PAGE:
and, therefore, state tax may not allow for the maximum
federal deduction. In this case, two sets of
depreciation records will be needed to track the federal
and state tax impact.
Please contact the office if you have any questions regarding
Timing. If you plan to purchase business
equipment this year, consider the timing. You might be
able to increase your tax benefit if you buy equipment
at the right time. Here's a simplified explanation:
Conventions. The tax rules for depreciation
include "conventions" or rules for figuring out how many
months of depreciation you can claim. There are three types of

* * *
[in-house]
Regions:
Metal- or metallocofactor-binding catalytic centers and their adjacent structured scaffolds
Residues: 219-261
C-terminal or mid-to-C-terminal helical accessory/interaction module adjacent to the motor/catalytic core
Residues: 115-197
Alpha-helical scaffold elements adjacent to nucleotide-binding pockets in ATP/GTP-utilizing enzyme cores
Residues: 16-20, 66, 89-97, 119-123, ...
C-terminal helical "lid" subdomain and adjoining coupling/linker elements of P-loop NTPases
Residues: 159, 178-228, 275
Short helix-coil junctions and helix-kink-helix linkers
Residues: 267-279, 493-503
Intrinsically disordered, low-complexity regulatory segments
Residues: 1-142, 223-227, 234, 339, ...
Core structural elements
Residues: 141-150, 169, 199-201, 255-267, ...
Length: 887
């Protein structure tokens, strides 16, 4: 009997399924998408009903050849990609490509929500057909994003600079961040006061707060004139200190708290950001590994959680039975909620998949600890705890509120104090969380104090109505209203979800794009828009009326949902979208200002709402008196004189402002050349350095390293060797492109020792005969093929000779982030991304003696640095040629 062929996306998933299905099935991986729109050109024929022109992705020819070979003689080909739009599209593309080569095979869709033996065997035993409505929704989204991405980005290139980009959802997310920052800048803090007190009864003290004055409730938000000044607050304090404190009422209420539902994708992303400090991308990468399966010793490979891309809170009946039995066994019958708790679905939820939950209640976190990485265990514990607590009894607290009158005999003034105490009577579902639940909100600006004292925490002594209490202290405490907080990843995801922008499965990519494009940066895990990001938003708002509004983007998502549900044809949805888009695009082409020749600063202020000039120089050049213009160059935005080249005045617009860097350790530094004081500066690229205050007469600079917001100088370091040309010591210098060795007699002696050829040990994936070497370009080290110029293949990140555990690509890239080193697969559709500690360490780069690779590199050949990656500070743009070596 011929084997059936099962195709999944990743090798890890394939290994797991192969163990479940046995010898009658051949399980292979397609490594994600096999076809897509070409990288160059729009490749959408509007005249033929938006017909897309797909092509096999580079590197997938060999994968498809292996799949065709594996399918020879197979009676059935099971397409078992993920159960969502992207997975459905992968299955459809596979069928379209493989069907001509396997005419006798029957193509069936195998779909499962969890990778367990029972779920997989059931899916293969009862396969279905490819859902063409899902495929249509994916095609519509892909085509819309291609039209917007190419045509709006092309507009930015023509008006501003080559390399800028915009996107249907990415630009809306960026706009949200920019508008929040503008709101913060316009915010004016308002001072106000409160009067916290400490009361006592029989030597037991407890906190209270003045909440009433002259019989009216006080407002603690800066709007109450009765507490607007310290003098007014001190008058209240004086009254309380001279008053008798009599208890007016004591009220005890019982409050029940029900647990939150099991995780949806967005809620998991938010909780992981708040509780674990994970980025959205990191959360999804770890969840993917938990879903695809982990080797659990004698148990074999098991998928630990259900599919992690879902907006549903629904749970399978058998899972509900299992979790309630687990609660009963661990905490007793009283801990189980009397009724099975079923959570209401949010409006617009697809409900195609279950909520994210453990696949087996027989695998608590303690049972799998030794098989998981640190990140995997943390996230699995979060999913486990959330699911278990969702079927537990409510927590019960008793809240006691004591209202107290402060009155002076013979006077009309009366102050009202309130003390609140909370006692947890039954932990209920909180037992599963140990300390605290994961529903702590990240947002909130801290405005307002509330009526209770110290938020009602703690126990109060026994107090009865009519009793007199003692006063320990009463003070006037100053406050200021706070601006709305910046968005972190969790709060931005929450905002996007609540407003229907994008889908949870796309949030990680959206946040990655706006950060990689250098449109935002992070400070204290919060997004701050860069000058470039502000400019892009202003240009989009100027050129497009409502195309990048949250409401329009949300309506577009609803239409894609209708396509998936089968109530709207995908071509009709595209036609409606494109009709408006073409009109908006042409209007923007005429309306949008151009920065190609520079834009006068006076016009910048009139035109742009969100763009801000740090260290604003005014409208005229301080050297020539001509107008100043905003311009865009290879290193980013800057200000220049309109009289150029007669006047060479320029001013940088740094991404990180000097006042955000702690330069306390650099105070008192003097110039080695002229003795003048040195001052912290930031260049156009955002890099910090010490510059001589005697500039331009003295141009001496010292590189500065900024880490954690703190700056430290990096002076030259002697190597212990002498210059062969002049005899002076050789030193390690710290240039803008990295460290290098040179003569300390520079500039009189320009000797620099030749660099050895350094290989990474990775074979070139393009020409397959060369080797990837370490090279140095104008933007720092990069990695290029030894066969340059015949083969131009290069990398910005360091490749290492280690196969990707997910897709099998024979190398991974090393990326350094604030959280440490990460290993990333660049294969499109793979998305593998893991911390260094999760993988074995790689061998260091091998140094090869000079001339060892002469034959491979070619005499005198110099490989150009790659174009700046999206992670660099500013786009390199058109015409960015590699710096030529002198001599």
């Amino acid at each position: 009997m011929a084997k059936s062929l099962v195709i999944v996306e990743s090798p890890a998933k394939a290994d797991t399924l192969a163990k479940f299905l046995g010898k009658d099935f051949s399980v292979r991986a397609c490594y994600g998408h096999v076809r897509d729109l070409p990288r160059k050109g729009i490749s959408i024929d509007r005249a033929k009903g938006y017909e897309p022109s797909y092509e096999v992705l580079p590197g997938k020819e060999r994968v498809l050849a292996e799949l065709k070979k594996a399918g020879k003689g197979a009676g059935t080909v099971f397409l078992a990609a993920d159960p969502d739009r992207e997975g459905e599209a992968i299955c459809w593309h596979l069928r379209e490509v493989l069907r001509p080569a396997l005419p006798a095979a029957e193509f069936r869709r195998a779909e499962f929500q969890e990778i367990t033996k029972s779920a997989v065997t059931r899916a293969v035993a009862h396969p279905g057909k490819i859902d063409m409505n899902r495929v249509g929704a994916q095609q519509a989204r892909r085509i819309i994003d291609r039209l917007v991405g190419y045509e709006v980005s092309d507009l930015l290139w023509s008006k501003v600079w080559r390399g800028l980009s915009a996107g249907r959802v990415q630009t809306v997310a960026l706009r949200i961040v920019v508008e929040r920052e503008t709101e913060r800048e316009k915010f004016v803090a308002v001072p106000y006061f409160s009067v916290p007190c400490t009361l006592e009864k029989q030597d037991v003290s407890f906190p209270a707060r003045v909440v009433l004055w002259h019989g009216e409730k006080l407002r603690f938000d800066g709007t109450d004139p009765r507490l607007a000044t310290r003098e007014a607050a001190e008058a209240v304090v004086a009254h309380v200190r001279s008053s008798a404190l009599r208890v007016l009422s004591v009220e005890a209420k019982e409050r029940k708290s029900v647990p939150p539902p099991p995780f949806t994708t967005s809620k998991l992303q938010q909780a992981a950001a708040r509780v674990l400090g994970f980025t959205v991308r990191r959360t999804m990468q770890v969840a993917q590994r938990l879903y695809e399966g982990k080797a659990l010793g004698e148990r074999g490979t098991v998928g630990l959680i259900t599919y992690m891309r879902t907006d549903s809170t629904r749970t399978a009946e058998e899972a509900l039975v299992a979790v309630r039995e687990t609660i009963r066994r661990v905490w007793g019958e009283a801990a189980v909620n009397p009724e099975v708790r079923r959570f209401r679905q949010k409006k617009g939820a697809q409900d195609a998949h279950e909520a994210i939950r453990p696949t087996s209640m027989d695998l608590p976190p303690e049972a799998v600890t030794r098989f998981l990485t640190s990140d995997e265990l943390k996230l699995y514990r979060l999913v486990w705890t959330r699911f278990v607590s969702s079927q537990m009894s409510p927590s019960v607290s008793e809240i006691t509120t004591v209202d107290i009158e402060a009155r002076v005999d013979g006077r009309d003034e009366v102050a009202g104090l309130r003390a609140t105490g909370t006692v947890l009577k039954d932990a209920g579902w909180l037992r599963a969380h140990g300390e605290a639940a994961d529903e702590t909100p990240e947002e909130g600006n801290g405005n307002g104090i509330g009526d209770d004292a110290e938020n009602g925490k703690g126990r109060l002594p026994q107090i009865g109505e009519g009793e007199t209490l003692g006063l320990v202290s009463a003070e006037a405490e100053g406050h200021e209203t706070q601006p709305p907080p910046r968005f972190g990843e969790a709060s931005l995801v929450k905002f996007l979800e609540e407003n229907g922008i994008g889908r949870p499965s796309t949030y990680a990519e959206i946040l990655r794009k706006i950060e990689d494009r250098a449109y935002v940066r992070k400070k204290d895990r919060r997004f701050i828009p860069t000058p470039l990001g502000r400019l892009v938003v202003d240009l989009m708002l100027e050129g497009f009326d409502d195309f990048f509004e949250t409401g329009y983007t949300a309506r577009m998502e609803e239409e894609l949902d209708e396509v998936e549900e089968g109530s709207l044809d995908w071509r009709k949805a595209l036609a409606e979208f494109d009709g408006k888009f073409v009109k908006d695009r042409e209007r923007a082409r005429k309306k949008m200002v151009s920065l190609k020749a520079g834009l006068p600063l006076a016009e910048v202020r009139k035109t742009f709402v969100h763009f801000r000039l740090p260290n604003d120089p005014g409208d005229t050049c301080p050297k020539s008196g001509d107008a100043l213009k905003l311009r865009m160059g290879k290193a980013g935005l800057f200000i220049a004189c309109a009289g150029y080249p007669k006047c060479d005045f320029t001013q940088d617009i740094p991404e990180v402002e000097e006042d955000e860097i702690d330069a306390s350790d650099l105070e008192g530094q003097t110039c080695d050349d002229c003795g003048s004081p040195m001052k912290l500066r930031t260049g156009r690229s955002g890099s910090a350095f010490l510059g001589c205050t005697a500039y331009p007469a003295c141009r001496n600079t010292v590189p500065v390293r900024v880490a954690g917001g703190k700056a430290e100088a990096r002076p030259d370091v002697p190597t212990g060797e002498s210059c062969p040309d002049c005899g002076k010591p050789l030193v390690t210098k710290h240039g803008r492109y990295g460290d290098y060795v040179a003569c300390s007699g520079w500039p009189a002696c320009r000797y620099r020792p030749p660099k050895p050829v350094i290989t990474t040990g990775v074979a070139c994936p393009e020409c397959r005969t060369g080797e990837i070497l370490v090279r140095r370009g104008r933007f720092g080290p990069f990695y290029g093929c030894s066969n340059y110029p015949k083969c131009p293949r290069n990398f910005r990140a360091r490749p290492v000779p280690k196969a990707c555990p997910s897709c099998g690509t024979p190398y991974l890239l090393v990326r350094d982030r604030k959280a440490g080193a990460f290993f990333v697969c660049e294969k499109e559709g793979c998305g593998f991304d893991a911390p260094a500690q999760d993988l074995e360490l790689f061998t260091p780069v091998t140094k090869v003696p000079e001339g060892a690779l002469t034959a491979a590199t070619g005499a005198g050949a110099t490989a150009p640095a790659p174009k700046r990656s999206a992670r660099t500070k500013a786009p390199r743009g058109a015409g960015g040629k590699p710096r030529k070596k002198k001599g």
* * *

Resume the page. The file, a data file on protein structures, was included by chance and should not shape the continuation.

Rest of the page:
conventions. To select the correct convention, you must know
the type of property and when you placed the property in
The half-year convention: This convention applies to
all property except residential rental property,
nonresidential real property, and railroad gradings and tunnel
bores (see mid-month convention below) unless the mid-quarter
convention applies. All property that you begin using during
the year is treated as "placed in service" (or "disposed of")
at the midpoint of the year. This means that no matter when
you begin using (or dispose of) the property, you treat it as
if you began using it in the middle of the year.
Example: You buy a $40,000 piece of machinery on
December 15. If the half-year convention applies, you
get one-half year of depreciation on that machine.
The mid-quarter convention: The mid-quarter convention
must be used if the cost of equipment placed in service during
the last three months of the tax year is more than 40 percent
of the total cost of all property placed in service for the